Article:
Test Site M4H+

Pilot Project and Showcase

2018 - 2020

A global player, the Port of Rotterdam has a special relationship with the City of Rotterdam. Though this relationship has become more fragile in recent decades, the arenas in which the City and the Port come together, the so-called ‘city harbors’, are now of growing importance. After all, this is where smart links between the inevitable transitions in energy and resource use (circular port, circular economy) and the broader socioeconomic development of both residents and businesses in the city can be established.

In Rotterdam, the Port Authority and the City are intertwined in a single (urban) system, like conjoined twins. In the city harbors they can explore, design, and test the transition to the future Rotterdam together. One of the city harbors in which port development and urban development come together is the Merwe-Vierhavens district (M4H) where, in 2018, IABR, Port and City have established the Test Site M4H+.

Merwe-Vierhavensgebied (M4H). Photo: Frank Hanswijk
    • Credits

In 2018, and in the context of IABR–Atelier Rotterdam, Team1010 examined ways to take the next step in M4H’s transformation into a breeding ground for the circular manufacturing industry at IABR–Test Site M4H+. How can area development in M4H contribute to Rotterdam’s ambitious goals to realize a fully circular society with closed material cycles by 2050? Which test projects and which coalitions can help this development take shape? And how can sustainable area development be combined with the position of Rotterdam as a global port, and, as such, a hub for the huge amount of raw materials, waste, and semi-finished products that traverse the region? In a circular economy, these flows will have to be shortened, valorized, and eventually closed. The degree to which this is achieved depends on local capacities, skills, people, and places.

For its research, commissioned by IABR, the City and the Port of Rotterdam, Team1010 took the drive and strength of the parties that are already active in the area as its starting point. Entrepreneurs were first asked about their ‘maker story,’ ‘growth story,’ and ‘circular story,’ and subsequently about their aspirations: What do you need for your company to flourish in the circular economy? The – extensive – talks with stakeholders and experts continued during IABR–2018, when three circular chains – the agrifood & biohub, the building materials bank, and a textile refinery – were investigated to identify concrete opportunities.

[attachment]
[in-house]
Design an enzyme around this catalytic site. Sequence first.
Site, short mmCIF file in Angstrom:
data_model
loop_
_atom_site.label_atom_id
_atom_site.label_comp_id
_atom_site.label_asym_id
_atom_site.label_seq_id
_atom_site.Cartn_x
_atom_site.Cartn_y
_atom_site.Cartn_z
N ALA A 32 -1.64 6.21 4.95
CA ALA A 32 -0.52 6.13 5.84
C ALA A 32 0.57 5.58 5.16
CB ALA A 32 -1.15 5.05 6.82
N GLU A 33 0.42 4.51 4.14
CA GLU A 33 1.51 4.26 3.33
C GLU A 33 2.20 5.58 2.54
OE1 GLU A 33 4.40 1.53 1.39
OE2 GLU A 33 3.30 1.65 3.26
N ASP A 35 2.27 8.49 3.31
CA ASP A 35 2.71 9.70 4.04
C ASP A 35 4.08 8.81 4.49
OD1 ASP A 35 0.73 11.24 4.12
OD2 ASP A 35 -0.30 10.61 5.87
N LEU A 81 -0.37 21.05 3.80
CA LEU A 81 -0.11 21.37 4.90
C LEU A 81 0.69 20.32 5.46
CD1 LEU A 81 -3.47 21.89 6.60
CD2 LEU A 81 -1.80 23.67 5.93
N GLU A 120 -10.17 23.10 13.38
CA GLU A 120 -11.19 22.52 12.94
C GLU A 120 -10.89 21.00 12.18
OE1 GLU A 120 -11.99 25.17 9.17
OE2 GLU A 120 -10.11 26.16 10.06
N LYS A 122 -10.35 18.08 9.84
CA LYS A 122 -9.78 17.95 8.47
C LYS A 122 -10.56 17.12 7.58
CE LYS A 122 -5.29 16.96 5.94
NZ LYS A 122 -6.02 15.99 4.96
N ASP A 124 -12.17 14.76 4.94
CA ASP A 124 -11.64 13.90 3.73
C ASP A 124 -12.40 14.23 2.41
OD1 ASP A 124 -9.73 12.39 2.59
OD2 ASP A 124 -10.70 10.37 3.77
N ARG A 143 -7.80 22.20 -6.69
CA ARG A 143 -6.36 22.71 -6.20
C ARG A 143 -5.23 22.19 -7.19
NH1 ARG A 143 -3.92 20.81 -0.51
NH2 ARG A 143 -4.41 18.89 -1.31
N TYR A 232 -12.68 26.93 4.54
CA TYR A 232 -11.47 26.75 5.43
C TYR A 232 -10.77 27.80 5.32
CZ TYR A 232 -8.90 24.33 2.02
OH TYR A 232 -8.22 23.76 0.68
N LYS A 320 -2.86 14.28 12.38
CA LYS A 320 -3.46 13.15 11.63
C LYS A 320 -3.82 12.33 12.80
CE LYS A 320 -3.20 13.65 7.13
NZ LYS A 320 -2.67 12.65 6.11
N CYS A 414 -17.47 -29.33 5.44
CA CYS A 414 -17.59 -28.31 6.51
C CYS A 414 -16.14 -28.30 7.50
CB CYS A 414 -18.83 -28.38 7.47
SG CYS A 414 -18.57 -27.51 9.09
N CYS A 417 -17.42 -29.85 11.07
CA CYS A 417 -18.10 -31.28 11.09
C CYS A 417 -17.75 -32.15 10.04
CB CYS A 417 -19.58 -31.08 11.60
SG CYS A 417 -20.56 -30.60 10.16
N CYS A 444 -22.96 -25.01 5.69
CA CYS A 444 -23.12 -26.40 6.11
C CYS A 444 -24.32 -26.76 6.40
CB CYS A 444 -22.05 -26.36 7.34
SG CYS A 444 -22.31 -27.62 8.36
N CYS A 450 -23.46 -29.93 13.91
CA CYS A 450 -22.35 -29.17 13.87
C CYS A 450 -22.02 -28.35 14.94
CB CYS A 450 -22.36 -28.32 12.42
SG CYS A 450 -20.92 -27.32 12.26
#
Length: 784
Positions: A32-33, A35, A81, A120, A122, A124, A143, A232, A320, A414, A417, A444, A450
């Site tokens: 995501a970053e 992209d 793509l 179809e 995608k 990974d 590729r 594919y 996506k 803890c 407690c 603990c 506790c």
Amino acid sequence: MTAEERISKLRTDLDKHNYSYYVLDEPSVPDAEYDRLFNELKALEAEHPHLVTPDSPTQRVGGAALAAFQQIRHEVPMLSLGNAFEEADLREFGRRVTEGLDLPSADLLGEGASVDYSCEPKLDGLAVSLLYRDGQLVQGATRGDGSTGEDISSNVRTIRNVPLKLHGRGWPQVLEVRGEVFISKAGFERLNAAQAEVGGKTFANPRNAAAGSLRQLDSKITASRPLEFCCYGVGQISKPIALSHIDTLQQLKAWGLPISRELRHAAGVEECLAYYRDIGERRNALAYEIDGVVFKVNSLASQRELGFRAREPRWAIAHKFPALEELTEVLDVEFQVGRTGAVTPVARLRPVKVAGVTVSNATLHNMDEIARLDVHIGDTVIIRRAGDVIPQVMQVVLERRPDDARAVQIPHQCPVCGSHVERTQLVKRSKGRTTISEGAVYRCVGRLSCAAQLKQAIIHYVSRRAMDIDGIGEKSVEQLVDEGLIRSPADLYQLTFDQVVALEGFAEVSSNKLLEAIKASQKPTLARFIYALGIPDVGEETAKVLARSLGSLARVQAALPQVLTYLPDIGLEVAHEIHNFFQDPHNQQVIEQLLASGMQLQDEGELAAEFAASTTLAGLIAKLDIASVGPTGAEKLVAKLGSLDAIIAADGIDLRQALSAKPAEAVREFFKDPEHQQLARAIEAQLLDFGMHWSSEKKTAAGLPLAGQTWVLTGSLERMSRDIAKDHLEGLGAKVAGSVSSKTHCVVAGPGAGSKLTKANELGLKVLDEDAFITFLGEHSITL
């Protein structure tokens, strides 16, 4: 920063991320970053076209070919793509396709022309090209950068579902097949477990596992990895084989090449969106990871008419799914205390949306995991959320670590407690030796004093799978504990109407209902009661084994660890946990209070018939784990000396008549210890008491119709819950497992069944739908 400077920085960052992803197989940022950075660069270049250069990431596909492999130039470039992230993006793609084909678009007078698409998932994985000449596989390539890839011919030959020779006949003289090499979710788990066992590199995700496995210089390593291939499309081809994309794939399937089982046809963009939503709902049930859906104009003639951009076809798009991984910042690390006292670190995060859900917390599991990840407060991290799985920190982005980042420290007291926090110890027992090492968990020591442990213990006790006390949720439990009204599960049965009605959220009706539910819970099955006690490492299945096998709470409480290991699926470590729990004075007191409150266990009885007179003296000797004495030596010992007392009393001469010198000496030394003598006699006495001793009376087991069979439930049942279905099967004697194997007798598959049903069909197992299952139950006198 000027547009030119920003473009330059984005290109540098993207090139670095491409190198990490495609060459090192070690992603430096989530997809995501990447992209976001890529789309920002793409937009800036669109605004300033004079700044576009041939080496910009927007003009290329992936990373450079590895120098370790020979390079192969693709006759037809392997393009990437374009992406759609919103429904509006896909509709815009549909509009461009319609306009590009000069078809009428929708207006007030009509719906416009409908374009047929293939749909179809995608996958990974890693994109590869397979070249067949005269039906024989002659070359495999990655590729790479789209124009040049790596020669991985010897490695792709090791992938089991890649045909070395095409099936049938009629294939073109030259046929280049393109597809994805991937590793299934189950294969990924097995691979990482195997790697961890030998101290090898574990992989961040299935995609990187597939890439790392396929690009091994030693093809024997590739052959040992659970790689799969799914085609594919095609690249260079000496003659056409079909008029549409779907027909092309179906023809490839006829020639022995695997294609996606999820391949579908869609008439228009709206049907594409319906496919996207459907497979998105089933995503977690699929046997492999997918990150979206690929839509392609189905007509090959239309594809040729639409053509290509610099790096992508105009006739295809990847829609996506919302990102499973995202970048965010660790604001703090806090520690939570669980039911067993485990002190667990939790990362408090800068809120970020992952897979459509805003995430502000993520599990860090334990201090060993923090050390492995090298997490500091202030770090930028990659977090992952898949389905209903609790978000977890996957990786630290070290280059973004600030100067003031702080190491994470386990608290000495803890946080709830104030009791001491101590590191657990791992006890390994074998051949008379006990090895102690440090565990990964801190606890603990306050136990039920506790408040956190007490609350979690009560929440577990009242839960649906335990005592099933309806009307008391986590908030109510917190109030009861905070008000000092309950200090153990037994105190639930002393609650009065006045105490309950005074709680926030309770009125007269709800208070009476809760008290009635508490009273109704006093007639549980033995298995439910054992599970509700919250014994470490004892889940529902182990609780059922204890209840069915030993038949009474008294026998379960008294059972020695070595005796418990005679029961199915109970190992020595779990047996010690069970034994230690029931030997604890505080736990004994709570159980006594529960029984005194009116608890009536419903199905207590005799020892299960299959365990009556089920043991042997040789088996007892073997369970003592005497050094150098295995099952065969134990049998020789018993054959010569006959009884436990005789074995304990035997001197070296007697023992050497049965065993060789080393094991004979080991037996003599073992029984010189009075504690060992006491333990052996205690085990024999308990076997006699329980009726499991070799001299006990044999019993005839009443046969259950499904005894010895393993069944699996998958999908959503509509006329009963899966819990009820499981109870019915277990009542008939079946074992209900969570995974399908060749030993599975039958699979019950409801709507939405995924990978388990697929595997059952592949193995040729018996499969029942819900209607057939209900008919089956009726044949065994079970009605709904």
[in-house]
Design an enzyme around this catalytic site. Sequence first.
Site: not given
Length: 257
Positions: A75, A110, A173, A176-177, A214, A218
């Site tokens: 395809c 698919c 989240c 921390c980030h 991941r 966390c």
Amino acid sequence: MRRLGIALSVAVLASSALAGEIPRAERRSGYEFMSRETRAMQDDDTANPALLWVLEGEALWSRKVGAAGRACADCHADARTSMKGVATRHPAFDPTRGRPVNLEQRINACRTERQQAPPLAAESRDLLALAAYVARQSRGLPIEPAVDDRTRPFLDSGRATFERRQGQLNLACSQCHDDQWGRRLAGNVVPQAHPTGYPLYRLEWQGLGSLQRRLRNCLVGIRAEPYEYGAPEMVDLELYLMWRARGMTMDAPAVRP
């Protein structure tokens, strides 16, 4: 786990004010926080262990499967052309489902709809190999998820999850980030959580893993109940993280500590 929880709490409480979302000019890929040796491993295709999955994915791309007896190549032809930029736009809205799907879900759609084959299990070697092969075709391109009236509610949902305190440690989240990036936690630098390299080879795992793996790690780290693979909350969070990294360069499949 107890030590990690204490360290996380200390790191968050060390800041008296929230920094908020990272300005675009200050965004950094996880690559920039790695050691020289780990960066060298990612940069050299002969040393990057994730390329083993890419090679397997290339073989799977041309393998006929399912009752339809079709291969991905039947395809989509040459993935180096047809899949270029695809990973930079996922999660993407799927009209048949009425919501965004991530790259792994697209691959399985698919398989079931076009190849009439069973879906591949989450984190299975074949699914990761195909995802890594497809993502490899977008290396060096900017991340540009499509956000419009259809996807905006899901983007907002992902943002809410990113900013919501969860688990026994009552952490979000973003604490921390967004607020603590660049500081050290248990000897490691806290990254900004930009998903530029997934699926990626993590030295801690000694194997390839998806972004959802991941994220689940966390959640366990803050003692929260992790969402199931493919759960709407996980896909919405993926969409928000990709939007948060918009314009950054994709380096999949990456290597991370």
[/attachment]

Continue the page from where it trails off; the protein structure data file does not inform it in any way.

In June 2019, the publication Wat Heb Je Nodig? (What Do You Need?) was presented, in which Team1010 demonstrates how a city harbor like M4H can in fact develop into a breeding ground for a circular manufacturing industry. By actively forging coalitions and stimulating the debate in the area, the team furthermore made the taking of further steps possible. It also developed a methodology that is applicable in other locations, a method that aims to address the missing link between ambitions and their realization, and thus to help bridge the gap between plans and projects.

Guiding Principles Team1010

The Guiding Principles formulated as part of Team1010’s research were included as a guideline in the Ruimtelijk Raamwerk (Spatial Framework), the city’s guiding framework for the development of M4H in the coming years. And for good reason: the Principles promote mutually shared values for policy and development in M4H and are aimed at achieving a progressively more circular, inclusive, and sustainable future.

The M4H area offers challenges that fit in perfectly with the ambition of the IABR to work concretely and locally, in Rotterdam, while productively combining its mission with its functions as an international platform and as a research & development institution. As a research platform, IABR is keen to continue a multi-year process in and with all parties in the M4H area and to keep it going while "learning to area-develop by doing": i.e. advance a practice of result-oriented area development in a learning environment. This relates directly to one of the key questions that IABR–2020 asks: can we, as city-makers, think carefully about how we do it and for whom we do it, while we're actually doing it?

In the context of the M4H Test Site, Rianne Makkink and Jurgen Bey (Studio Makkink & Bey, based in M4H) developed the Water School M4H+ as co-curators of the IABR 2020.